Rosie on Imus: 'Thought Police' Are Coming
The April 11 edition of "The View" again discussed Don Imus’s recent racist and sexist remarks about the Rutgers women’s basketball team. Rosie O’Donnell likewise continued her tirade about Imus’ alleged "free speech." In a statement too bizarre even for Joy Behar, Rosie said the next step is the "thought police" locking everyone up in Guantanamo Bay without a lawyer. Perhaps Rosie is feeling the heat after her own controversial remarks.
JAMIE-LYNN SIGLER: I think people who have a public voice just need to be conscious then of what they’re saying and the effect that it can have and understand that there’s going to be consequences if they say things like that.
O’DONNELL: Right, you just worry if the consequences, you know --
BEHAR: Because you could be next.
O’DONNELL: -impede upon- which is all right. If that happens, it happens. But the point of the story is, if it impedes on free speech in America, democracy is at stake. Because democracy is based on freedom of speech and freedom of the press. So we really have to worry about that in this country.
HASSELBECK: And we should be concerned and responsible with our freedom too.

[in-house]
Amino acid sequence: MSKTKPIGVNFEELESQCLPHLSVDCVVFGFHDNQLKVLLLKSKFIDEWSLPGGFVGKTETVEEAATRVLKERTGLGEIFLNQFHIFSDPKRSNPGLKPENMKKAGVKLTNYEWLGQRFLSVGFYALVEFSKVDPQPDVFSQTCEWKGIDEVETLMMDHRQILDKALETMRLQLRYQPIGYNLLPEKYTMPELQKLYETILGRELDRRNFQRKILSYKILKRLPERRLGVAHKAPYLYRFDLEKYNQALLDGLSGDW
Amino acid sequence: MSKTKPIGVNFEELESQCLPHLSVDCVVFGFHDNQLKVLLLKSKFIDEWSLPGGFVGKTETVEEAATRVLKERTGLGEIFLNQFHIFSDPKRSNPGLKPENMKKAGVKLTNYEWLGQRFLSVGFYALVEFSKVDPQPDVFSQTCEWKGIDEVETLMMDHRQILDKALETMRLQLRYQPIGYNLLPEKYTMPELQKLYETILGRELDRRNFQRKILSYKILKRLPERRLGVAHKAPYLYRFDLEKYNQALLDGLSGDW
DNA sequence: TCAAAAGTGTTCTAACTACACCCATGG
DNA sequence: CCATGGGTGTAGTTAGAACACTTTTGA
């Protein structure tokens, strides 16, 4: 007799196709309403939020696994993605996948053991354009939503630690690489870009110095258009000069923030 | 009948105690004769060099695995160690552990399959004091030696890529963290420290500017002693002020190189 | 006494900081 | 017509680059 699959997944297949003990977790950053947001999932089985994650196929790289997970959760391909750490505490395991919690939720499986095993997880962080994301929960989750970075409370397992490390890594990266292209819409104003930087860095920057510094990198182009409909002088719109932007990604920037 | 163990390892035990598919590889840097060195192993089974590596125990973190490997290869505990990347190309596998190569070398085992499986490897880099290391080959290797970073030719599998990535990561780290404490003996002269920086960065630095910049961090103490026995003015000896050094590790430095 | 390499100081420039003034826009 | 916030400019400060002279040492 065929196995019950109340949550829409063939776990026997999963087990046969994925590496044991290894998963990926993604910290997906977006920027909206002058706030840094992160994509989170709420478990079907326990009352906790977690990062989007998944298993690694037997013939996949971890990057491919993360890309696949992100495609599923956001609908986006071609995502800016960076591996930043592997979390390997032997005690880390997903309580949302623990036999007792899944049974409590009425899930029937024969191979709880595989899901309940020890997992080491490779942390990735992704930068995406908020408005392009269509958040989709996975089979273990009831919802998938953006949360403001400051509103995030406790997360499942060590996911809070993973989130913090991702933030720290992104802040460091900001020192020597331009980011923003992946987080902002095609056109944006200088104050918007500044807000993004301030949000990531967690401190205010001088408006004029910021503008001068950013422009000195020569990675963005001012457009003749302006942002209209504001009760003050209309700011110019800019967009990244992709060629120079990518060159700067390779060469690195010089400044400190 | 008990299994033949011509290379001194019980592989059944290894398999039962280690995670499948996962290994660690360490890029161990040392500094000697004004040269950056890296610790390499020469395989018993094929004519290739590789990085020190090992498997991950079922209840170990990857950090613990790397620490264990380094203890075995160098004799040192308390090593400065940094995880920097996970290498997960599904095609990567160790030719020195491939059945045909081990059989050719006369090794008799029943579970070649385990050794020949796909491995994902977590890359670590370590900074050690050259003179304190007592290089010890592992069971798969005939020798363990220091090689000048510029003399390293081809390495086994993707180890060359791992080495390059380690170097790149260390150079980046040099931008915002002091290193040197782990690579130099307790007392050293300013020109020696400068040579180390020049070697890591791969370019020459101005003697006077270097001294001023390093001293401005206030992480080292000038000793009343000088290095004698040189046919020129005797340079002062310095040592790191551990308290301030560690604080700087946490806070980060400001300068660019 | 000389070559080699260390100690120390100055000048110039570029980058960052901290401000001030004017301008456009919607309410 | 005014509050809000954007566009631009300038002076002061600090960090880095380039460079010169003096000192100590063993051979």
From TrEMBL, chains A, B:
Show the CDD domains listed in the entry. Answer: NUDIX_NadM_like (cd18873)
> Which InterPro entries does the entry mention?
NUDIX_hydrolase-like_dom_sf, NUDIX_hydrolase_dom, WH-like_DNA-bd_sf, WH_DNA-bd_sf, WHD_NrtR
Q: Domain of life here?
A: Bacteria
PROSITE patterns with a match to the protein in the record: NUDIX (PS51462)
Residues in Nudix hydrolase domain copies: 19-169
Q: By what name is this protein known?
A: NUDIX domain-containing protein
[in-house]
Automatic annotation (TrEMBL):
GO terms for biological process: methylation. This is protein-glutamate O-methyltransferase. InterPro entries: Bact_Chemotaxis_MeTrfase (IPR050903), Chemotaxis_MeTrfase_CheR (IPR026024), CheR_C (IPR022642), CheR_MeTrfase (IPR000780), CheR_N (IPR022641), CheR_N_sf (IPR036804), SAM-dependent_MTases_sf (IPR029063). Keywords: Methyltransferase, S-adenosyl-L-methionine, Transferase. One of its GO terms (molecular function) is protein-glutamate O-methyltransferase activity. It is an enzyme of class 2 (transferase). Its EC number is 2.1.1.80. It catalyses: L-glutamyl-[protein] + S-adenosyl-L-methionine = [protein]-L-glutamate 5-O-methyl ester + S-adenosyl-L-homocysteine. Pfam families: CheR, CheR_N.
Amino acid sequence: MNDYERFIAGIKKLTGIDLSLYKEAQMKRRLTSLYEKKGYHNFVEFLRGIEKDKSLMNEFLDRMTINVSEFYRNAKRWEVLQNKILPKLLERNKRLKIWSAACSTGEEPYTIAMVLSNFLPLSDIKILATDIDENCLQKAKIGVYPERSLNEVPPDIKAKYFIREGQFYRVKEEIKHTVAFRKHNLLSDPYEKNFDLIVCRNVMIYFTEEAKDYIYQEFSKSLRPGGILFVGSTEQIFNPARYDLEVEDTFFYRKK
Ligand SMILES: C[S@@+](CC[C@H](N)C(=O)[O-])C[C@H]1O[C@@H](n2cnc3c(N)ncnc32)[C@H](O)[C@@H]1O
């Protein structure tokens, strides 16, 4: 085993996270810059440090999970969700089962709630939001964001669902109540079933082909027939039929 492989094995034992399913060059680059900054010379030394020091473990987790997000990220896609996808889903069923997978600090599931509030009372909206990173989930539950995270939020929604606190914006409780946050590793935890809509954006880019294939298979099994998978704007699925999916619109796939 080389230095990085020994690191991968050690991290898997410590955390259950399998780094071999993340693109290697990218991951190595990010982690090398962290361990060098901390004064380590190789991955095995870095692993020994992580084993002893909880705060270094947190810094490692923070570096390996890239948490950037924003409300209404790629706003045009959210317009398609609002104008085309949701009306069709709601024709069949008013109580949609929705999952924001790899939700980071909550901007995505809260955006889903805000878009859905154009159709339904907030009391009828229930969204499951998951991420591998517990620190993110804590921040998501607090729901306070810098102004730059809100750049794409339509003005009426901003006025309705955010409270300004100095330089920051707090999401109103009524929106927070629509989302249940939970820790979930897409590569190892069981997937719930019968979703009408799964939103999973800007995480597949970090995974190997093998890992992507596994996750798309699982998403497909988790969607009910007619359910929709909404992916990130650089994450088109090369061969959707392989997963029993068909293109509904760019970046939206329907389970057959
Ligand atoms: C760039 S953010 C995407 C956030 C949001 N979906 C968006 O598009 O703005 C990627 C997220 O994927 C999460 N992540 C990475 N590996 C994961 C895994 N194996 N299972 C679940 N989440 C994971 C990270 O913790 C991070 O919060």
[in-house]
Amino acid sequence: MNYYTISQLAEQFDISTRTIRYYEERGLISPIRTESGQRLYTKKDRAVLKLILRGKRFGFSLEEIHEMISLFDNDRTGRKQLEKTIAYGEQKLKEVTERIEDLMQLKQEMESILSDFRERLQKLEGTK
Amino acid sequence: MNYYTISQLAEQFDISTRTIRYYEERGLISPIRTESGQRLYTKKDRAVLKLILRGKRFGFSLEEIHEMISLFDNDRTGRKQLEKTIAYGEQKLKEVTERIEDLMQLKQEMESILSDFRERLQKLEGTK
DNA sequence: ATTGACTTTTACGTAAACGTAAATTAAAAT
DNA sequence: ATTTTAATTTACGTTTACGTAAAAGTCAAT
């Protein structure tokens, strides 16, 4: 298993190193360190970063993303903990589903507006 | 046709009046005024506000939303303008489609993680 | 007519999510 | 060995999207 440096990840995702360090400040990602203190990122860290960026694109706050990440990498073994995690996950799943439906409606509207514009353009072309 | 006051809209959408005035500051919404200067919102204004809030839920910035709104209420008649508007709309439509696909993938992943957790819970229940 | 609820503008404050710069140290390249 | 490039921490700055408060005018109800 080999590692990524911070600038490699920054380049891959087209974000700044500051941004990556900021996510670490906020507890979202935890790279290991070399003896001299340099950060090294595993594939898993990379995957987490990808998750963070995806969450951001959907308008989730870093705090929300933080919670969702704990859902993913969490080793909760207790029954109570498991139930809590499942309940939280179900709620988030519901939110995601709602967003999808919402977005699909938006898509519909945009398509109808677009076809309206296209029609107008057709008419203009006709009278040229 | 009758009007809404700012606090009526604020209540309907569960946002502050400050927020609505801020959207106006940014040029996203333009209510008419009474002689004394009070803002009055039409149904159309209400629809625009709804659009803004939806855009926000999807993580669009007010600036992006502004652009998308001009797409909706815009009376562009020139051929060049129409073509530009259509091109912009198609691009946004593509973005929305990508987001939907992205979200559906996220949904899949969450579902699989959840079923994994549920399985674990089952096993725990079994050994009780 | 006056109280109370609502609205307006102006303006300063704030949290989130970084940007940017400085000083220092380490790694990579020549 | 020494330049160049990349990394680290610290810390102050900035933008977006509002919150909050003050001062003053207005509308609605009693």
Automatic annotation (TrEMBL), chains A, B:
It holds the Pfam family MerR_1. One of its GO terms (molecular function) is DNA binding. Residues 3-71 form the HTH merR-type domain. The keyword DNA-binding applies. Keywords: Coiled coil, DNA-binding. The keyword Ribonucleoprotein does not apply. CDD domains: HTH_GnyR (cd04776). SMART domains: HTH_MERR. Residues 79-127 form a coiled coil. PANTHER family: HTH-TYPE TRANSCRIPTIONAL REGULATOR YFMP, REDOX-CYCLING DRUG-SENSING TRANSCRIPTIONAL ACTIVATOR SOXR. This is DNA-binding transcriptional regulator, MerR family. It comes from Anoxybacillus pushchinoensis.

O’DONNELL: Right, but it’s not a freedom if you outlaw certain words or thoughts, because then the thought police come and then before you know it, everyone’s in Guantanamo Bay without representation.
HASSELBECK: That would be impossible to enforce.
BEHAR: What a jump!
Earlier in the segment, Elisabeth Hasselbeck, and surprisingly, Joy Behar commented on the lack of moral authority Imus’ harshest critics, Jesse Jackson and Al Sharpton possess.
JOY BEHAR: There’s also something about casting the stone, when you-- everybody else is so innocent? You know
ELISABETH HASSELBECK: Yeah look at Al Sharpton and Jesse Jackson. I mean they, they’ve been quoted-
BEHAR: Jesse Jackson, don't you remember his "hymietown" remarks?
ROSIE O’DONNELL: Yeah
BEHAR: That, you know, he’s not innocent either on this topic. So, you know, let’s not be so hypocritical about all this.
HASSELBECK: And where does that stop? Where do you draw the line?
BEHAR: It was an obnoxious, racist remark, true, but it's all over the place.